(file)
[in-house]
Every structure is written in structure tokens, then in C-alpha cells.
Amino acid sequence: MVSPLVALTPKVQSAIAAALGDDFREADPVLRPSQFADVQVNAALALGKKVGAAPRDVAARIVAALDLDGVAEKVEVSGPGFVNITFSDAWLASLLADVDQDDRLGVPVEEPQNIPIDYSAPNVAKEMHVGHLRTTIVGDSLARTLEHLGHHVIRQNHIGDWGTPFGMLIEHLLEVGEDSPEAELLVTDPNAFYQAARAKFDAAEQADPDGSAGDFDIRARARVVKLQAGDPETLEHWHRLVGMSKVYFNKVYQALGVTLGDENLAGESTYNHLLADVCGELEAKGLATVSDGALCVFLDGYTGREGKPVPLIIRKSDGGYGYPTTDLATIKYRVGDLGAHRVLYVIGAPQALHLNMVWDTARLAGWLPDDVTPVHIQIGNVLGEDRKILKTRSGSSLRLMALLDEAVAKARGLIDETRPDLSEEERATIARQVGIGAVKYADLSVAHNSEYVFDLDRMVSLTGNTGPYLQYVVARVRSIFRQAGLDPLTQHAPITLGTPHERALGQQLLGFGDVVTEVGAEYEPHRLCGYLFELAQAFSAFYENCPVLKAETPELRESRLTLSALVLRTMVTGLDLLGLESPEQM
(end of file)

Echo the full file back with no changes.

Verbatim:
[in-house]
Every structure is written in structure tokens, then in C-alpha cells.
Amino acid sequence: MVSPLVALTPKVQSAIAAALGDDFREADPVLRPSQFADVQVNAALALGKKVGAAPRDVAARIVAALDLDGVAEKVEVSGPGFVNITFSDAWLASLLADVDQDDRLGVPVEEPQNIPIDYSAPNVAKEMHVGHLRTTIVGDSLARTLEHLGHHVIRQNHIGDWGTPFGMLIEHLLEVGEDSPEAELLVTDPNAFYQAARAKFDAAEQADPDGSAGDFDIRARARVVKLQAGDPETLEHWHRLVGMSKVYFNKVYQALGVTLGDENLAGESTYNHLLADVCGELEAKGLATVSDGALCVFLDGYTGREGKPVPLIIRKSDGGYGYPTTDLATIKYRVGDLGAHRVLYVIGAPQALHLNMVWDTARLAGWLPDDVTPVHIQIGNVLGEDRKILKTRSGSSLRLMALLDEAVAKARGLIDETRPDLSEEERATIARQVGIGAVKYADLSVAHNSEYVFDLDRMVSLTGNTGPYLQYVVARVRSIFRQAGLDPLTQHAPITLGTPHERALGQQLLGFGDVVTEVGAEYEPHRLCGYLFELAQAFSAFYENCPVLKAETPELRESRLTLSALVLRTMVTGLDLLGLESPEQM